Reacting to RSS chief Mohan Bhagwat's "patriotism is the basic character of Hindus" statement, AIMIM chief Asaduddin Owaisi asked if Gandhi's assassin Godse also comes under the banner. Seemingly irked by the statement by the RSS chief, Owaisi went on to ask if men responsible for Nellie massacre, anti-1984 anti-Sikh & 2002 Gujarat pogroms can be called patriotic just because they are Hindus. The AIMIM chief also said that It's rational to assume that most Indians are patriots regardless of their faith and termed Bhagwat's statement as 'RSS ignorant ideology'.
Will Bhagwat answer: What about Gandhi's killer Godse? What about the men responsible for Nellie massacre, anti-1984 anti-Sikh & 2002 Gujarat pogroms?— Asaduddin Owaisi (@asadowaisi) January 1, 2021
It's rational to assume that most INDIANS are patriots regardless of their faith. It's only in RSS's ignorant ideology....[1/2] https://t.co/fZv3GpmlIg
RSS chief Mohan Bhagwat while speaking at an event to release the book titled ''Making of a Hindu Patriot: Background of Gandhiji's Hind Swaraj'', authored by JK Bajaj and MD Srinivas, said that Hindus can never be anti-India, citing Mahatma Gandhi. He made the statement while citing Mahatma Gandhi's remarks that his patriotism originates from his dharma.
"Gandhiji had said that his patriotism originates from his dharma," Bhagwat said asserting that dharma does not merely mean religion, it is wider than religion. Releasing the book, Bhagwat said there is no need for speculation that Sangh "is trying to appropriate Gandhiji, that is not the case, no one can appropriate great personalities like him."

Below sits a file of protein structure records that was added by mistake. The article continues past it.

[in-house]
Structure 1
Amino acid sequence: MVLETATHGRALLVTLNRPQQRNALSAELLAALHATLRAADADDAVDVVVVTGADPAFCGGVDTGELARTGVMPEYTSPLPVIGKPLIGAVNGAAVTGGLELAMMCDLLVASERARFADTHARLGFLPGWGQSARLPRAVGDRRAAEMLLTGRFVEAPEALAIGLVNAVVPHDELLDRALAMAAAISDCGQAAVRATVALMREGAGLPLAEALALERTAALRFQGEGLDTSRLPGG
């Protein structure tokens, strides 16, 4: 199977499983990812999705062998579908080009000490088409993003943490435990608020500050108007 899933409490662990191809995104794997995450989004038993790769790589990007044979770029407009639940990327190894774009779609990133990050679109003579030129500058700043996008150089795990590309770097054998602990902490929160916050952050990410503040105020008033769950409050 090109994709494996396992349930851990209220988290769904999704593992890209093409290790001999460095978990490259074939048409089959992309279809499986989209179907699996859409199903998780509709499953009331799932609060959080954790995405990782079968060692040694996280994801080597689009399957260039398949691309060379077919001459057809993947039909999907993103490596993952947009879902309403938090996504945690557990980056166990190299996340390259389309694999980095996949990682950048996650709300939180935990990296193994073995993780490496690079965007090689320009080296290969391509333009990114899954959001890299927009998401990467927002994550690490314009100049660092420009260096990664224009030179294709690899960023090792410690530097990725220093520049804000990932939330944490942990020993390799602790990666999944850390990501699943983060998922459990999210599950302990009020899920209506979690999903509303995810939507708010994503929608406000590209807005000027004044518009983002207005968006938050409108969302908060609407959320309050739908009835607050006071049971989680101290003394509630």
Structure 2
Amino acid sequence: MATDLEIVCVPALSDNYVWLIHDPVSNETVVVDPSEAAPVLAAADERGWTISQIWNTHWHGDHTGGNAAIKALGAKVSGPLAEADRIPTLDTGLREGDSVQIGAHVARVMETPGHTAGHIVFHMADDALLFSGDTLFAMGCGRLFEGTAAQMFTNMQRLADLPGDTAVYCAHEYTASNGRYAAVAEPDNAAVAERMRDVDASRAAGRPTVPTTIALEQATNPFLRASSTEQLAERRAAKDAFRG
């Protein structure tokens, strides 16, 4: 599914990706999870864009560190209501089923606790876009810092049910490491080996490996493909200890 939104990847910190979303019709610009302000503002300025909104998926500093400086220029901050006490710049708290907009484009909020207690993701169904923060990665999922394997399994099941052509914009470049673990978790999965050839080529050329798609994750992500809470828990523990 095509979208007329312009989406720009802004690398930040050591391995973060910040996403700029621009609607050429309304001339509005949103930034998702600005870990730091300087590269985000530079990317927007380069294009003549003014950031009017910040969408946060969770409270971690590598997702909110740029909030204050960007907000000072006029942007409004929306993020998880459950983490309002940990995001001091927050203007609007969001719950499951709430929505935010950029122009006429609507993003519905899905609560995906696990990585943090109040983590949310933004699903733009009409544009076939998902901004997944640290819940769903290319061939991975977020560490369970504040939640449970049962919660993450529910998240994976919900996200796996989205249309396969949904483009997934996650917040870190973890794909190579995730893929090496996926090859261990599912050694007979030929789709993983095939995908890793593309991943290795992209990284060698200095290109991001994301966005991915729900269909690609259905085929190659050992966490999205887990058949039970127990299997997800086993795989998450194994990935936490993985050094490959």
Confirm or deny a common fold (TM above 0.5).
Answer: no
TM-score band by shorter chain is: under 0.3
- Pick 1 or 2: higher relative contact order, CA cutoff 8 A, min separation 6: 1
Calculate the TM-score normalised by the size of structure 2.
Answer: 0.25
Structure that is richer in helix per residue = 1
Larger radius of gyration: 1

"If someone is Hindu he has to be patriotic, that will be his or her basic character and nature. At times you may have to awaken his or her patriotism but he (Hindu) can never be anti-India. But we have to be conscious of the fact that if one loves his country it doesn't mean land only, it means its people, rivers, culture, traditions and everything," he said. He underlined that Hinduism believes in the existence of unity. "Difference does not mean separatism and Gandhiji has suggested that Hinduism is the religion of all religions," he said.
Meanwhile, in the book, the authors have quoted Gandhi as having written to Leo Tolstoy that, "… my patriotism is patent enough, my love for India is ever-growing but it is derived from my religion and is therefore in no sense exclusive."